Vince Alexander

In preparation for Miami University’s 2009 Bicentennial Celebration, Talawanda High School (THS) and the city of Oxford are coming together to create a symbolic fabric bicentennial art project, possibly including a documentary film, with the intention to tell the diverse stories of the Oxford community.

“The idea began through a conversation between Oxford community members and Monica Ways, the director of community engagement for Miami University,” said Cliff McNish, Miami’s director of diversity and outreach for the School of Fine Arts.

According to Holly Morris, THS’s coordinator of community relations, as part of the inspiration for the symbolic fabric, there will be a series of three meeting during which Oxford community members will be encouraged to come together and share stories about living in Oxford and changes of its past. These accounts will be filmed by a Miami student, will serve as records at the Smith Library and may be turned into a documentary.

“These stories could possibly be developed into a documentary and this is where a theme for the bicentennial art celebration will be drawn from,” Morris said.

Morris said the meetings will take place at 6 p.m. Jan. 30 at Talawanda Middle School, at 1 p.m. Feb. 8 at the Oxford Senior Citizens Center and the final meeting’s schedule is pending but will take place at the Bethel Church in Oxford.

“This collaborative project between Miami and Talawanda art students will commemorate the rich history of Oxford while creating a positive experience to celebrate the bicentennial of Miami University,” Morris said.

According to McNish, around eight Miami art students and possibly a half dozen Talawanda art students will be working on the project.

“The students are very enthusiastic as plans continue to expand and create new lengths on their own,” McNish said. “This project allows students to engage themselves in a community project.”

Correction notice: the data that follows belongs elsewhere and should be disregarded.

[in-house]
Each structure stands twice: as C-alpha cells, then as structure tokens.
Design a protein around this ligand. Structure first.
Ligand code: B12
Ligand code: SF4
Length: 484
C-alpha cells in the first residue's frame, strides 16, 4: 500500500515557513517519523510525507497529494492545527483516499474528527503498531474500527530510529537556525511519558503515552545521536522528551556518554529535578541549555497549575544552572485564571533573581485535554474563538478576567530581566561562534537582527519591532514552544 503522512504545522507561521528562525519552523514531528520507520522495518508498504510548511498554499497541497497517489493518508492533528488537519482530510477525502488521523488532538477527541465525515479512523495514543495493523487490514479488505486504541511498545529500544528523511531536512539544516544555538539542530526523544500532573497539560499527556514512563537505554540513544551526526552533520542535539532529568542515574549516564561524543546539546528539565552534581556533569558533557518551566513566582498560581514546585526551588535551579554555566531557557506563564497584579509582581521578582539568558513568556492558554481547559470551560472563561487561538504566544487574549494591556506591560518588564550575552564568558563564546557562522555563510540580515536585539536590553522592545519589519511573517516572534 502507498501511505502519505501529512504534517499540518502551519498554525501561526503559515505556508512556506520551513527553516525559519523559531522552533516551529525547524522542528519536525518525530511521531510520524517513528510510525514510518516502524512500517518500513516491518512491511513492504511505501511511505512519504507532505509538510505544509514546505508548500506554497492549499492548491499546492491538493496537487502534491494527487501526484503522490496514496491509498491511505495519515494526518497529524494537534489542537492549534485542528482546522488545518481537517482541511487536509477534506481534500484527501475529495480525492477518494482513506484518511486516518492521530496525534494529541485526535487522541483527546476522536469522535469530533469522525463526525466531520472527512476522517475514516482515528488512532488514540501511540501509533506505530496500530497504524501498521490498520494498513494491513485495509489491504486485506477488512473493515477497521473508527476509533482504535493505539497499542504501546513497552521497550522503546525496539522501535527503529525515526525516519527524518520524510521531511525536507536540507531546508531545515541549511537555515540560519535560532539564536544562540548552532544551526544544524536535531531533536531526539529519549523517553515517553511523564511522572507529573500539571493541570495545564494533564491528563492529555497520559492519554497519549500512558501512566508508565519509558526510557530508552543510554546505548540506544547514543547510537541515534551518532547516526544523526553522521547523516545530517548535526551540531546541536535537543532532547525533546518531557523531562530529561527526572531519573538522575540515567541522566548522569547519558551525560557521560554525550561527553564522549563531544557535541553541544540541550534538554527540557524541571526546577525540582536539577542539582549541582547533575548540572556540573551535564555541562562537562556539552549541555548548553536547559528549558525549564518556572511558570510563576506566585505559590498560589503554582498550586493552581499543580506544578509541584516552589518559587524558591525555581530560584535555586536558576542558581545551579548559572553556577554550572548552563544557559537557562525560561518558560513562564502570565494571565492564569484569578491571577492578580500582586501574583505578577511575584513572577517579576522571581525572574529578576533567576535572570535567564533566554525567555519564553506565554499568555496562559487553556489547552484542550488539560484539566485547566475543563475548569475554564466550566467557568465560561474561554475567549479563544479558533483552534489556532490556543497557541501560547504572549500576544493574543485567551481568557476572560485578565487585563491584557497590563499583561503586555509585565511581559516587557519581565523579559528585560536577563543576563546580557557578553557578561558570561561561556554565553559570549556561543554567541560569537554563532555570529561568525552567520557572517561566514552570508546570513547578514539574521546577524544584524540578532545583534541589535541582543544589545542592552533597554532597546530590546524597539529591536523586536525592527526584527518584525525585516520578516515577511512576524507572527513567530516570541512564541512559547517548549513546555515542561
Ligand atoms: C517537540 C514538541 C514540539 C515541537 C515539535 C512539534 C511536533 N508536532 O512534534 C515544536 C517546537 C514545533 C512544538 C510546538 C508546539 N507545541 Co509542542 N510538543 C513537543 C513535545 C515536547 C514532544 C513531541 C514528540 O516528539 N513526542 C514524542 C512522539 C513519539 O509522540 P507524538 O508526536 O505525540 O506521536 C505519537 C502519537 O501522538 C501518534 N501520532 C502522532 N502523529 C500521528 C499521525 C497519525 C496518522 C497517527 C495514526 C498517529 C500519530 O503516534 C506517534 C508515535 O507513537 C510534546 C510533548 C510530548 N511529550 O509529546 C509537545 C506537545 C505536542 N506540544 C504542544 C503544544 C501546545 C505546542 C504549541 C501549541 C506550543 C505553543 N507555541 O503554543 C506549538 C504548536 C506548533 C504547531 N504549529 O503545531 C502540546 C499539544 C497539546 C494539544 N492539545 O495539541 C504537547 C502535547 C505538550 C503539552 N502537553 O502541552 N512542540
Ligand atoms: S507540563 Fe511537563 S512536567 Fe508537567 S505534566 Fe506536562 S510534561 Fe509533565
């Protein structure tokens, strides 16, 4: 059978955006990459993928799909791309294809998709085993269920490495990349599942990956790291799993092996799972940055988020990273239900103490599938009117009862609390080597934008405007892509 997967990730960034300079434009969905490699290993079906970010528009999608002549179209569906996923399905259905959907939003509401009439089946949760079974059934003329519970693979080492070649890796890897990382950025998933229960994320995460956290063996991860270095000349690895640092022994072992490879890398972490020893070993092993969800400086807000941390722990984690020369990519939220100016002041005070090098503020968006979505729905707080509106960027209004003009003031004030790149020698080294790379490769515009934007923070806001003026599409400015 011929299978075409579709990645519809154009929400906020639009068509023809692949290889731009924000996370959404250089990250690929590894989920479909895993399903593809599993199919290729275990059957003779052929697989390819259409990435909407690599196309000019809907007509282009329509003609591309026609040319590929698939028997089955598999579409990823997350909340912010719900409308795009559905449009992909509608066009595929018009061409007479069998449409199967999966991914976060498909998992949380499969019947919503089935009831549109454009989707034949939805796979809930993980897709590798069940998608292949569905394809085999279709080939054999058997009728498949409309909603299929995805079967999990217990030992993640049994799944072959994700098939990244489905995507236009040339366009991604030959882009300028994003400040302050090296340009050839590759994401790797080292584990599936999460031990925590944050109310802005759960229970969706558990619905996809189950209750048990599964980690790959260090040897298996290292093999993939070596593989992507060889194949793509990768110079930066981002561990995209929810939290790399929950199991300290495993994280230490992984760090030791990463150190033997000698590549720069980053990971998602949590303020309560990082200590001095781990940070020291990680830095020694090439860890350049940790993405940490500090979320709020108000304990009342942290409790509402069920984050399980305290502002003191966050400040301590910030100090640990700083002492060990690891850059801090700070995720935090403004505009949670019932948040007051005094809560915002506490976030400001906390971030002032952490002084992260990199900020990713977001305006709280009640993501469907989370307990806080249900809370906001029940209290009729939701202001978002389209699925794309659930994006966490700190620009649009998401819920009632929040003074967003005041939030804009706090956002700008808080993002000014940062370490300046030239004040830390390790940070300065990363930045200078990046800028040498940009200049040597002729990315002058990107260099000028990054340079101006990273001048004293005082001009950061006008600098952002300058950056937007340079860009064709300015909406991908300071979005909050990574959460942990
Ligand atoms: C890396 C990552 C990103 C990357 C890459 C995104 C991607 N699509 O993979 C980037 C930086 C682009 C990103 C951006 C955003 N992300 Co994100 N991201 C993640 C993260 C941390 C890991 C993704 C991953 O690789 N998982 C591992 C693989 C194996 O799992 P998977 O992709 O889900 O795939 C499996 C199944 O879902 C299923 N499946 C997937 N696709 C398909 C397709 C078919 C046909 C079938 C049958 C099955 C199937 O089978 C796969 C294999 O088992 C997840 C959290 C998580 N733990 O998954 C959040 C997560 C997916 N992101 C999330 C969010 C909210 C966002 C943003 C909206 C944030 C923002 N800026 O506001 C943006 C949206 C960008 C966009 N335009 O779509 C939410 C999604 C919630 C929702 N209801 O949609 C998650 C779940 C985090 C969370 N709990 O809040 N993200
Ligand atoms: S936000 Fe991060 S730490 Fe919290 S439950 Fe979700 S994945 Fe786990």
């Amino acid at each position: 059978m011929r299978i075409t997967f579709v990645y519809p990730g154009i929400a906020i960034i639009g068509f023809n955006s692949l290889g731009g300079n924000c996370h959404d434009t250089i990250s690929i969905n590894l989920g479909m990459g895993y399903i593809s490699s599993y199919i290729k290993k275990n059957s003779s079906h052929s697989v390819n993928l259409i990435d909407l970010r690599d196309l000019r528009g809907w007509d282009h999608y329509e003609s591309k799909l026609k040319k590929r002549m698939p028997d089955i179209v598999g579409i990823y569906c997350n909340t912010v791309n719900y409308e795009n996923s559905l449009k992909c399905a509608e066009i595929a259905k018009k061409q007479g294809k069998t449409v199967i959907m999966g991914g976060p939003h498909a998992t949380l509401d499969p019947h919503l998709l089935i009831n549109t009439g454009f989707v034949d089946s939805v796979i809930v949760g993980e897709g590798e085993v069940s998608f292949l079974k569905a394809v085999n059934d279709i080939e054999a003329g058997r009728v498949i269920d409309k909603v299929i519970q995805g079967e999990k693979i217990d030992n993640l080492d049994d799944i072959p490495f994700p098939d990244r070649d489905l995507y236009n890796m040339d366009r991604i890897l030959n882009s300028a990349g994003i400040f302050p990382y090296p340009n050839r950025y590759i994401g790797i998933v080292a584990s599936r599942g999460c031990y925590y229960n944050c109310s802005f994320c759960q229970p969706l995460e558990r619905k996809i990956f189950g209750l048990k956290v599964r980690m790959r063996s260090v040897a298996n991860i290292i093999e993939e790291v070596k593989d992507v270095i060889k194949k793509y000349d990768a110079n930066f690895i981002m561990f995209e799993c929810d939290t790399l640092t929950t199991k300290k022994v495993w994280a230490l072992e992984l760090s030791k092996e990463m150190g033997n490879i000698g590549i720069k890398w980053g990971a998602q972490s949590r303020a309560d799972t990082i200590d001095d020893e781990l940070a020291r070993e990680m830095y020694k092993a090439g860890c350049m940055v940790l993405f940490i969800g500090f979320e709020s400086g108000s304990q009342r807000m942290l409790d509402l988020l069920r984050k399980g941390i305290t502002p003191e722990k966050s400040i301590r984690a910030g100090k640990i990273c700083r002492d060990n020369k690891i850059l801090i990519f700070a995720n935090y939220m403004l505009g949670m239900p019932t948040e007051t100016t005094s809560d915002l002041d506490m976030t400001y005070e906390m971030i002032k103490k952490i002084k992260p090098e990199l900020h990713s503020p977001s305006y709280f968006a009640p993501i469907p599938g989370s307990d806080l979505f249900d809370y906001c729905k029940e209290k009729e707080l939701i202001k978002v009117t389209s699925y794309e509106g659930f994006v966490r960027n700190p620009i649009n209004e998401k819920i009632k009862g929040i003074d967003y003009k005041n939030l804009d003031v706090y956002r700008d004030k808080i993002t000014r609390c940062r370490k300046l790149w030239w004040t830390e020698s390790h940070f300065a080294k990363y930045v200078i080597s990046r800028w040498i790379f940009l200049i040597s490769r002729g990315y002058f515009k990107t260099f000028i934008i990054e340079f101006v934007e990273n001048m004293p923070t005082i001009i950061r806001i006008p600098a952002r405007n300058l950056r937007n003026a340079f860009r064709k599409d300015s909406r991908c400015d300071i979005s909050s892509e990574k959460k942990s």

McNish explained that this project would include a variety of stories from various viewpoints.

“The threads work around a variety of people’s stories that will include multiple accounts to get a diverse group of residents from the community that will tell the story of Oxford,” McNish said.

This is not the first time that Miami has come together with Oxford and the Talawanda School District to celebrate knowledge of the arts. According to McNish, recently nationally acclaimed art educator Ronnie Holly, whose work is focused on recycled materials, came to Miami and THS last year to share his passions with the Oxford community.

“This project is turning out to be a worthwhile collaboration between Miami University and Talawanda High School,” McNish said. “The students should present an interesting story for the bicentennial.”

According to McNish, promotion for the event is still being worked out through the city, local government agencies, historical agencies and community art and media representatives.

“The definite end product, including the actual piece of art and the audio presentations, are still in the planning stage, but hopefully everything will culminate sometime during the Bicentennial Celebration,” McNish said.

The final unveiling and permanent location of the art piece will be on sight at the Oxford Community Arts Center, located at the corner of High Street and College Avenue in the children’s garden. According to McNish the piece will be encased in some type of glass protection and will be presented with a commemorative plaque.

Caroline Croswell, executive director of the Oxford Community Arts Center, said the center is very excited to be involved in this project.

“This project is very exciting,” Croswell said. “I’m glad to be drawn into it. Our hope is to have the final project displayed at the art center. I am very glad that the community art center can be involved in the project.”

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